Fair Trade in Costa Rica – A Student’s Perspective

Parker Townley May 8, 2014

About our Guest Blogger:

Suzi Kondic is a Sophomore at Tulane University. She spent the Spring 2014 semester in Costa Rica through Tulane’s study abroad  program and had the opportunity to visit a Fair Trade Coffee Cooperative (CoopeTarrazu). Below she shares some of what she learned through the experience.

coppetarrazu group

 “I have always thought of myself as a conscious consumer.”


I shop at farmers’ markets, don’t eat meat, and spring for organic produce when grocery shopping. I’ve even volunteered with Tulane’s chapter of the Global Service League (GSL) to sell chocolates and flowers on Valentine’s Day to support our school’s Fair Trade University campaign.

But before visiting CoopeTarrazu (a Fair Trade Coffee Cooperative in Costa Rica) as part of an Environmental Policy class, Fair Trade was just a feel good ideal that I didn’t have much tangible experience with. Our visit completely changed that perception as we were exposed to the many benefits that the Fair Trade system has for farmers, consumers, and companies.

Visiting the Farm


My favorite part of the visit, aside from sampling delicious coffee and fruit, was the chance to put on baskets (canastas) and pick coffee cherries. It wasn’t long before we realized how difficult the work was, which left me with a serious appreciation for Costa Rican coffee farmers and grateful for CoopeTarrazu’s advocacy efforts in support of the rights of farmers.We started the day on a medium sized farm. There we learned about shade grown coffee as well as the disparities between farmers who participate in cooperatives versus those who don’t. As an Economics and Environmental Studies double major, I was impressed at how removing the middleman in coffee sales dramatically improves coffee farmers’ livelihoods.

Lessons and Take-Aways

For me, a major take-away from the tour came from the innovative ways CoopeTarrazu exemplifies Fair Trade principles. From the farmers’ use of shade growing techniques to the processing plant’s utilization of the cherry shells as fuel for the coffee driers, I got a real sense of their forward thinking application of Fair Trade philosophy.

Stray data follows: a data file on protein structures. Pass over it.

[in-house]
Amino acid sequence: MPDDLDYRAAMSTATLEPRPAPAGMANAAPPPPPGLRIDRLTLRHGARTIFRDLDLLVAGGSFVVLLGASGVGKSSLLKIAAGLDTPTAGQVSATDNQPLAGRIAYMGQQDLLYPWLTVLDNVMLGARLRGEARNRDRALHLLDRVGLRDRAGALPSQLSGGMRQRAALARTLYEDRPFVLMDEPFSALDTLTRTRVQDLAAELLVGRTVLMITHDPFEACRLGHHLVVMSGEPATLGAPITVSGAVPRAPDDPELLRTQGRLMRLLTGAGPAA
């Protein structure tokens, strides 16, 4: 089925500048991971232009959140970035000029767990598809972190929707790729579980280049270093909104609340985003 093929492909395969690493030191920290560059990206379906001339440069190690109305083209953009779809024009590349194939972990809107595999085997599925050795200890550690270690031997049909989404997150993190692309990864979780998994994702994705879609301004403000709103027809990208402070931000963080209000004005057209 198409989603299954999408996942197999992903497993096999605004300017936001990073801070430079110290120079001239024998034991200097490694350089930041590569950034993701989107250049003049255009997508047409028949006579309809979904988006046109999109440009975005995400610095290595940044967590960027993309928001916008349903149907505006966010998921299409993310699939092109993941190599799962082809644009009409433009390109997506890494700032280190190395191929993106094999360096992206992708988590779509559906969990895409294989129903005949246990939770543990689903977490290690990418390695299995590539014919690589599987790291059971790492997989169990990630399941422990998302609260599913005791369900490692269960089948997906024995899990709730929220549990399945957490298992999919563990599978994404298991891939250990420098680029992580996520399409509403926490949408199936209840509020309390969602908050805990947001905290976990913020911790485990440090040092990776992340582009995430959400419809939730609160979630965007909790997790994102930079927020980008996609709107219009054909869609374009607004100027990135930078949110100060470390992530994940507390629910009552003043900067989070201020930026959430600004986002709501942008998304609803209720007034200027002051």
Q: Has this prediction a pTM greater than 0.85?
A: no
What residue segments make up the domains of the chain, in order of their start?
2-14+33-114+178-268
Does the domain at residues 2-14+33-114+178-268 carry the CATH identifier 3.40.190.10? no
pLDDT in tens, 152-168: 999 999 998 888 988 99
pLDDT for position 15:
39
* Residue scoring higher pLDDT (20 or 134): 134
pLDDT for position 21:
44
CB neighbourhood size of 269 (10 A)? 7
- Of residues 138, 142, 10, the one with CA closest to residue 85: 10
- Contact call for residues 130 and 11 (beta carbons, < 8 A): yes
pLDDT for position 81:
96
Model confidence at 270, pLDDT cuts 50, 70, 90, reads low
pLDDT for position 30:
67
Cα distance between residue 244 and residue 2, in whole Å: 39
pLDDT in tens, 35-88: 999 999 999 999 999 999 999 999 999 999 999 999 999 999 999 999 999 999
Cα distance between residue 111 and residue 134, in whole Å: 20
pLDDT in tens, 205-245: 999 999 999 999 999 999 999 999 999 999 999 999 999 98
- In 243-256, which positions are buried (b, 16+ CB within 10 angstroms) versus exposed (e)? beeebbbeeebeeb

In the beginning of our visit, our guide told us that not only is CoopeTarrazu Costa Rica’s largest coffee co-operative, but it’s also the source of Costa Rica’s best coffee. As a self-diagnosed coffee addict/connoisseur, I was wary of this, but by the tasting portion of our tour, I was convinced.

Applying the Concepts and Taking Action at Home

A unique aspect of our visit to CoopeTarrazu was the connection I was able to make between the Fair Trade principles we observed in action, and Tulane’s current efforts to become a designated Fair Trade University.

So far Tulane’s campaign has hosted several fundraisers, including an innovative bake-off with Fair Trade ingredients that sparked similar fundraisers in other schools. Earlier this week, GSL representatives met with our University Senate (comprised of students, staff, faculty and administration) and passed a resolution to continue offering Fair Trade products, in hopes of university-wide recognition. As a result Tulane will soon be the first Fair Trade University in Louisiana and the second in the South. I’m thankful for the hands-on Fair Trade experience I gained at CoopeTarrazu not only for heightening my personal consumer consciousness, but also for the chance to bring my experience back to Tulane and support our campaign.

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Parker Townley, National Organizer | Fair Trade Colleges & Universities

Parker Townley works for Fair Trade Colleges and Universities to help connect students and faculty with the resources they need to effectively campaign for Fair Trade on campus. In his free time Parker explores the Sierra Nevadas with his trusty backpack, roams the Bay Area in search of the perfect cup of coffee, and cultivates a small veggie garden.